Album Review: These People Here – A Bitter Seed

These People Live Here A Bitter Seed Album Cover Art

Seattle quintet These People Here have just released their début A Bitter Seed, an album that escapes pigeon-holing. The first track suggests post-rock, but then upon hearing further songs I can’t decide. Indie? Rock? Regardless of how you classify it, the music is simultaneously unsettling and beautiful.

Four of the seven tracks feature vocals – stunningly haunting singing with more than a touch of melancholy. Keyboardist Aileen Paron uses her voice to create stunning harmonies that enhances the brooding moodiness of the music.

Rebecca Gutterman and Rian Turner bring duel guitars which layer atop each other. Their bio lists math rock/post-hardcore legends Rodan as a formative influence of the band, which becomes very clear when you listen to the built up swells and eccentric noodling away. Thomas Edwards provides some deft drumming that captures my attention as I listen. He’s no hard hitter, but makes up for it with speed, finesse and variety with his fills and flourishes.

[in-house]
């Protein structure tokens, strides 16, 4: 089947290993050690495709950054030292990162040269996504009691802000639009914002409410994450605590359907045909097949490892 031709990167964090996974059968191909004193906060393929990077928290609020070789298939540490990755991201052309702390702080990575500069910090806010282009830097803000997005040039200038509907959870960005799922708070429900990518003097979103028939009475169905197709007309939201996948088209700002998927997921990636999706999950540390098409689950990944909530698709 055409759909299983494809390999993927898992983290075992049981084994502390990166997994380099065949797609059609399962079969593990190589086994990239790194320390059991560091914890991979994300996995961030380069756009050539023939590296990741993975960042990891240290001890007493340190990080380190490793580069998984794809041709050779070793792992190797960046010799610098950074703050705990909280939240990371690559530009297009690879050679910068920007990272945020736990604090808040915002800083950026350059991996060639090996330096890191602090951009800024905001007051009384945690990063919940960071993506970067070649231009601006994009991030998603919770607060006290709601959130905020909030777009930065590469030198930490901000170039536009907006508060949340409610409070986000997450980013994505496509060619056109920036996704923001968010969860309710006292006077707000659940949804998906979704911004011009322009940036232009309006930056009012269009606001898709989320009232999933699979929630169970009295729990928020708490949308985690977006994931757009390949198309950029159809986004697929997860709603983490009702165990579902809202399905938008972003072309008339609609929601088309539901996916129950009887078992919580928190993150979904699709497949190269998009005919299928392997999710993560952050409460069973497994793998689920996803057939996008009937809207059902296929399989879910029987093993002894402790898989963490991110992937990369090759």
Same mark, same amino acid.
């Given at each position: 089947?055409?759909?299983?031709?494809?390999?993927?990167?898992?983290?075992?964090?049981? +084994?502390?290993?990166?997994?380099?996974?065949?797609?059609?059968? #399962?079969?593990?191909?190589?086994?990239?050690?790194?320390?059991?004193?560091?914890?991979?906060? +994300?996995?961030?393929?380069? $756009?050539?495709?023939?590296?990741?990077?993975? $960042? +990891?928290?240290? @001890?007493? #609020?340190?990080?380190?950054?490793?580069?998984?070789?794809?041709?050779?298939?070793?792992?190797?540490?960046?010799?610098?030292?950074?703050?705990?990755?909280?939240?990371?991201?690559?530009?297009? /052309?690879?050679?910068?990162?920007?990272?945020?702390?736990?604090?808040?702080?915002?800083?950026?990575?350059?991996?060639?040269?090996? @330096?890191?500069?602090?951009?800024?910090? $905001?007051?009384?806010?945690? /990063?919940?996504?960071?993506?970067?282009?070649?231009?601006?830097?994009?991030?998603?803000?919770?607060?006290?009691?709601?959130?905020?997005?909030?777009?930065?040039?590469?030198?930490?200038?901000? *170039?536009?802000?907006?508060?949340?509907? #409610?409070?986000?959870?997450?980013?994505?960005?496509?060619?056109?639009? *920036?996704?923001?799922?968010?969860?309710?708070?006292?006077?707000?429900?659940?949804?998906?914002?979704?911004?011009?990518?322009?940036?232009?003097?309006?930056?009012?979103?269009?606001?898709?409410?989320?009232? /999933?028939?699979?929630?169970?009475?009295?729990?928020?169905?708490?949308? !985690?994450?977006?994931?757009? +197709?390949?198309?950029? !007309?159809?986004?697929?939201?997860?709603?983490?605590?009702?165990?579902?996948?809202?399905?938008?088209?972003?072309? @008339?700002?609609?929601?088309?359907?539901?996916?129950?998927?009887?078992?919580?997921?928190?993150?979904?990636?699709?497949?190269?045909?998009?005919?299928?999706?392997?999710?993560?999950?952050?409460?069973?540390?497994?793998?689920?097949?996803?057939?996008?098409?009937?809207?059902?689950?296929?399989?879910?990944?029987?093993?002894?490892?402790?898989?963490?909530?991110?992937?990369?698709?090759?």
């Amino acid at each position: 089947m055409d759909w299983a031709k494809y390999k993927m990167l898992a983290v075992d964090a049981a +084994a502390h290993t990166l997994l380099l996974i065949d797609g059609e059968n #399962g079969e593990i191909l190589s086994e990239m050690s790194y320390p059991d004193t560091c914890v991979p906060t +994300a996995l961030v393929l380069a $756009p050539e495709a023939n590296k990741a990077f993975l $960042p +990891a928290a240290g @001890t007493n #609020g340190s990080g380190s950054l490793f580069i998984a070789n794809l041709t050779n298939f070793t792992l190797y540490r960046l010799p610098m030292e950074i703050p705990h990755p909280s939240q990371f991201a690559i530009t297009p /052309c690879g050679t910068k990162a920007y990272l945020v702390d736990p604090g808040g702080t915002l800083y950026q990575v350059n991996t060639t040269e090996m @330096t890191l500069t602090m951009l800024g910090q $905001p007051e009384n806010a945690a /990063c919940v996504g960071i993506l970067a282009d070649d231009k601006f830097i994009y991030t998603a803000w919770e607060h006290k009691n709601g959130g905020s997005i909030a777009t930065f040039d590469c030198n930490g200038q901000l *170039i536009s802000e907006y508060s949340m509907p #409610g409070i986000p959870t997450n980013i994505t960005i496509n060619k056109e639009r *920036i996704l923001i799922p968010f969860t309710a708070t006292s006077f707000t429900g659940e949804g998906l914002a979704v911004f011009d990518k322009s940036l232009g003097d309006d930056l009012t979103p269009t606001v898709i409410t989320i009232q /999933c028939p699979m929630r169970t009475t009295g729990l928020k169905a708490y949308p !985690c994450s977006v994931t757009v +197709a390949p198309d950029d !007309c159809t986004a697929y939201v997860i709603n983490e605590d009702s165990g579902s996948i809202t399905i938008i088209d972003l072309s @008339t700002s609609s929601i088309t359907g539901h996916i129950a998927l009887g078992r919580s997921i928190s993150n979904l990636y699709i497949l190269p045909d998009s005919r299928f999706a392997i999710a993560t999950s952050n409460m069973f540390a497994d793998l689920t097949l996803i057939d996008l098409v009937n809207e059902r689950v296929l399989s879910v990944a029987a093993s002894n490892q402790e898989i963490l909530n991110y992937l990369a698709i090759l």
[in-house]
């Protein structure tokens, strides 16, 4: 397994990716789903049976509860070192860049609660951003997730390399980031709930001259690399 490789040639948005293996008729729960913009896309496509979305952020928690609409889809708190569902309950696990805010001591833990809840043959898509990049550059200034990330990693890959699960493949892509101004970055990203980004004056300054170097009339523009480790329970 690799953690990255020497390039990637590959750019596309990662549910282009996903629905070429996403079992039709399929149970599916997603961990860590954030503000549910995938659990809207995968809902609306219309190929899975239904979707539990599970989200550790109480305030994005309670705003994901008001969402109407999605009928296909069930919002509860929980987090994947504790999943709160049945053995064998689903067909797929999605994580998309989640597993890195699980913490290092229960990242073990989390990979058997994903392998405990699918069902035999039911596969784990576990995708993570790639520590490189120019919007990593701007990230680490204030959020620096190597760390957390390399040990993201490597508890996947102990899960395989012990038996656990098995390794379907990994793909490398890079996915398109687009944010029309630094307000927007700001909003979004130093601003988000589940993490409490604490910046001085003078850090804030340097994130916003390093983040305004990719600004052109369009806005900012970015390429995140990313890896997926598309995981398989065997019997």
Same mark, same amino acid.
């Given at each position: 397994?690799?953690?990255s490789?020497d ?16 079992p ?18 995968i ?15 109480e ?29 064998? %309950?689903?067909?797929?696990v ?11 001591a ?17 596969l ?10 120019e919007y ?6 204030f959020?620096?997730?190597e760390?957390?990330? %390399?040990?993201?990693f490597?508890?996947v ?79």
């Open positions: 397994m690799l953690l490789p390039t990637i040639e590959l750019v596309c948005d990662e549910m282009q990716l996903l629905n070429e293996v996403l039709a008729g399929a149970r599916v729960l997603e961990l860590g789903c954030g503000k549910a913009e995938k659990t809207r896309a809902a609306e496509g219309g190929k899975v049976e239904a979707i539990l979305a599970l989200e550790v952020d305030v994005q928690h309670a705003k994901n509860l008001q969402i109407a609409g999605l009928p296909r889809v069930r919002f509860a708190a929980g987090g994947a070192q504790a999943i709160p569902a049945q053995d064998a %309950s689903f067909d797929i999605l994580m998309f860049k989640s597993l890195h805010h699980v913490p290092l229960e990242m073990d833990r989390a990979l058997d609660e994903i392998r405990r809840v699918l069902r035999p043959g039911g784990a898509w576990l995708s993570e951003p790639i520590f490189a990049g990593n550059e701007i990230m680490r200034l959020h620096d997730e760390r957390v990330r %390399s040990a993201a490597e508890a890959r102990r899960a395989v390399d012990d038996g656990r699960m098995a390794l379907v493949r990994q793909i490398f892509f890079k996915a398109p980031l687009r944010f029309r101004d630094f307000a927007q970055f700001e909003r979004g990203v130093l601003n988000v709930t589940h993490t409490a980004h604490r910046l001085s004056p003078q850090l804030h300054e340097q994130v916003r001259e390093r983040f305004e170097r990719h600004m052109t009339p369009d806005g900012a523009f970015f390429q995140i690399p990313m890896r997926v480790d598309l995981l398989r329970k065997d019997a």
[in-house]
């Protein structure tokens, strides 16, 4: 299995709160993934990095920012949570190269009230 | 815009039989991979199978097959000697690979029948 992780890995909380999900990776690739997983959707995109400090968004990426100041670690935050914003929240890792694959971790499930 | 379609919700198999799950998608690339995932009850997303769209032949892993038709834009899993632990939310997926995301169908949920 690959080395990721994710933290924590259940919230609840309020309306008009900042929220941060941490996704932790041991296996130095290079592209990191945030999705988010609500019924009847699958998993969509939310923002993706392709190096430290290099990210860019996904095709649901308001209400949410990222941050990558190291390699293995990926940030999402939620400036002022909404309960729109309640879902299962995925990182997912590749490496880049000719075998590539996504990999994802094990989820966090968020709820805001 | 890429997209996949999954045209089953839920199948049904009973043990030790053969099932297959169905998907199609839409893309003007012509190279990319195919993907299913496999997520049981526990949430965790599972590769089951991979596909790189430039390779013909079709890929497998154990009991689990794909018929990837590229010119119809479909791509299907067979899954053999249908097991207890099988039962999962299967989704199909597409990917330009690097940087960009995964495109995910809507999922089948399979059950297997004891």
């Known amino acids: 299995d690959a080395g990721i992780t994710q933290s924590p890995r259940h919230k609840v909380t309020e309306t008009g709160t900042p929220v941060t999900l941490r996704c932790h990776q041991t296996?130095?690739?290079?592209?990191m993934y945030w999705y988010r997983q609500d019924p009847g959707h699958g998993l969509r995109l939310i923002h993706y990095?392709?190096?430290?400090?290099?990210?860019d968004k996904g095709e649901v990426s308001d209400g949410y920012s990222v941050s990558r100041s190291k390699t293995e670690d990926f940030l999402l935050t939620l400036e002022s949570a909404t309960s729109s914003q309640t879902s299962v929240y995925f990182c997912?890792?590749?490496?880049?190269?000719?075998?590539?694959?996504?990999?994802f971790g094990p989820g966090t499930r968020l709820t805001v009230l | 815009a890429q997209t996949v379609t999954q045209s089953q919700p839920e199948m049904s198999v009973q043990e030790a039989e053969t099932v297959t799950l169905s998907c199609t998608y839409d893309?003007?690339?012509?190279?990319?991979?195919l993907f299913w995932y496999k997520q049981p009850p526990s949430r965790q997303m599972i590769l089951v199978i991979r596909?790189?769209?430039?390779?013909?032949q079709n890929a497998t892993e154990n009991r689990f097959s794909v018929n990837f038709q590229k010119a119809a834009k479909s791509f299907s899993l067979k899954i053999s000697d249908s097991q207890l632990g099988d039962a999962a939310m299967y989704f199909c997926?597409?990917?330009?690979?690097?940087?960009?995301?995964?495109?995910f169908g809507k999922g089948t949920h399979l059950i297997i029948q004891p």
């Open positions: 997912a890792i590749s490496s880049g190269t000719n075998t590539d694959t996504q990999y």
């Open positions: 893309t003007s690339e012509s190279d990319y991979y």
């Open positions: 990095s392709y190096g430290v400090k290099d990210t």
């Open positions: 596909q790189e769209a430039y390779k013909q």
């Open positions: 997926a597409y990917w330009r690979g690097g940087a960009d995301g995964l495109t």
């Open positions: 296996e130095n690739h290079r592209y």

A Bitter Seed is dramatic and depressingly, thematically speaking, but it’s not all doom and gloom. As I said, the band defy classification, and there are some great moments that make me smile at the originality. One of my highlights is the catchy bassy riffs in the opening section of “Fading Light” And I love the effects in final track “Catastrophism”, an instrumental number that sounds reversed, with eerie wailing punctuating the ebbs in the music.

One thing’s for sure, These People Here know how to set a mood. I hesitate to use the term gothic, but I can definitely picture Edgar Allen Poe enjoying this album whilst petting his pet raven and sipping some red wine. Check A Bitter Seed out if you like your music original sounding and slightly on the macabre side.


These People Here links








Joseph James


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